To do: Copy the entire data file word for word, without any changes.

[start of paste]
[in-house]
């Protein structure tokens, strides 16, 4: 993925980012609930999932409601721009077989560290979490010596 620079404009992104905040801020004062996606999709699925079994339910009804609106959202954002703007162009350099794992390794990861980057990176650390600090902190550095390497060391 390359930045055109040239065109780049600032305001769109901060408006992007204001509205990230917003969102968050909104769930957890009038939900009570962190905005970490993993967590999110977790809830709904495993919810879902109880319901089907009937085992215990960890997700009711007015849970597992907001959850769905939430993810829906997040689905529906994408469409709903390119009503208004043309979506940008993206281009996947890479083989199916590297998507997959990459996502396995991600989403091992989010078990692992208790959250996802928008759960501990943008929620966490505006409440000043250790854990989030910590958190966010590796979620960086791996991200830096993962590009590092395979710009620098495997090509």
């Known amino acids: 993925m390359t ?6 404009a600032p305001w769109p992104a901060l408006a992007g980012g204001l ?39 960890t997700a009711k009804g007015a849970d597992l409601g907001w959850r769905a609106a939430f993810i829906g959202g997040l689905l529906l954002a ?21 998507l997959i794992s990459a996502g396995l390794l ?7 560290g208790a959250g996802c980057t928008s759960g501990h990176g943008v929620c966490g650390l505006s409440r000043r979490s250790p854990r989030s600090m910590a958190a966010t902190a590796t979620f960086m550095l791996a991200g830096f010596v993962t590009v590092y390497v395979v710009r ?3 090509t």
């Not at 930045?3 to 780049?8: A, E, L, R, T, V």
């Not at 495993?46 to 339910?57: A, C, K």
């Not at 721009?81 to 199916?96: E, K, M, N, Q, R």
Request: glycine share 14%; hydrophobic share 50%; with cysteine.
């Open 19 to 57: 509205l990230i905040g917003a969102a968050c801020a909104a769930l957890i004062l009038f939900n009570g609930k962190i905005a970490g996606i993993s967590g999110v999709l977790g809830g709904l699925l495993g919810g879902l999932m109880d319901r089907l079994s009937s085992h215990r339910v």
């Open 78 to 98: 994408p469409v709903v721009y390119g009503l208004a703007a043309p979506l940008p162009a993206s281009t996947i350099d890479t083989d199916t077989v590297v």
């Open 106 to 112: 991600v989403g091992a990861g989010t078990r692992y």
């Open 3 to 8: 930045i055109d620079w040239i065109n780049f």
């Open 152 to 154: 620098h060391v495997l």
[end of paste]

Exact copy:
[in-house]
């Protein structure tokens, strides 16, 4: 993925980012609930999932409601721009077989560290979490010596 620079404009992104905040801020004062996606999709699925079994339910009804609106959202954002703007162009350099794992390794990861980057990176650390600090902190550095390497060391 390359930045055109040239065109780049600032305001769109901060408006992007204001509205990230917003969102968050909104769930957890009038939900009570962190905005970490993993967590999110977790809830709904495993919810879902109880319901089907009937085992215990960890997700009711007015849970597992907001959850769905939430993810829906997040689905529906994408469409709903390119009503208004043309979506940008993206281009996947890479083989199916590297998507997959990459996502396995991600989403091992989010078990692992208790959250996802928008759960501990943008929620966490505006409440000043250790854990989030910590958190966010590796979620960086791996991200830096993962590009590092395979710009620098495997090509």
């Known amino acids: 993925m390359t ?6 404009a600032p305001w769109p992104a901060l408006a992007g980012g204001l ?39 960890t997700a009711k009804g007015a849970d597992l409601g907001w959850r769905a609106a939430f993810i829906g959202g997040l689905l529906l954002a ?21 998507l997959i794992s990459a996502g396995l390794l ?7 560290g208790a959250g996802c980057t928008s759960g501990h990176g943008v929620c966490g650390l505006s409440r000043r979490s250790p854990r989030s600090m910590a958190a966010t902190a590796t979620f960086m550095l791996a991200g830096f010596v993962t590009v590092y390497v395979v710009r ?3 090509t």
């Not at 930045?3 to 780049?8: A, E, L, R, T, V």
């Not at 495993?46 to 339910?57: A, C, K």
């Not at 721009?81 to 199916?96: E, K, M, N, Q, R």
Request: glycine share 14%; hydrophobic share 50%; with cysteine.
């Open 19 to 57: 509205l990230i905040g917003a969102a968050c801020a909104a769930l957890i004062l009038f939900n009570g609930k962190i905005a970490g996606i993993s967590g999110v999709l977790g809830g709904l699925l495993g919810g879902l999932m109880d319901r089907l079994s009937s085992h215990r339910v």
């Open 78 to 98: 994408p469409v709903v721009y390119g009503l208004a703007a043309p979506l940008p162009a993206s281009t996947i350099d890479t083989d199916t077989v590297v």
């Open 106 to 112: 991600v989403g091992a990861g989010t078990r692992y």
């Open 3 to 8: 930045i055109d620079w040239i065109n780049f």
């Open 152 to 154: 620098h060391v495997l």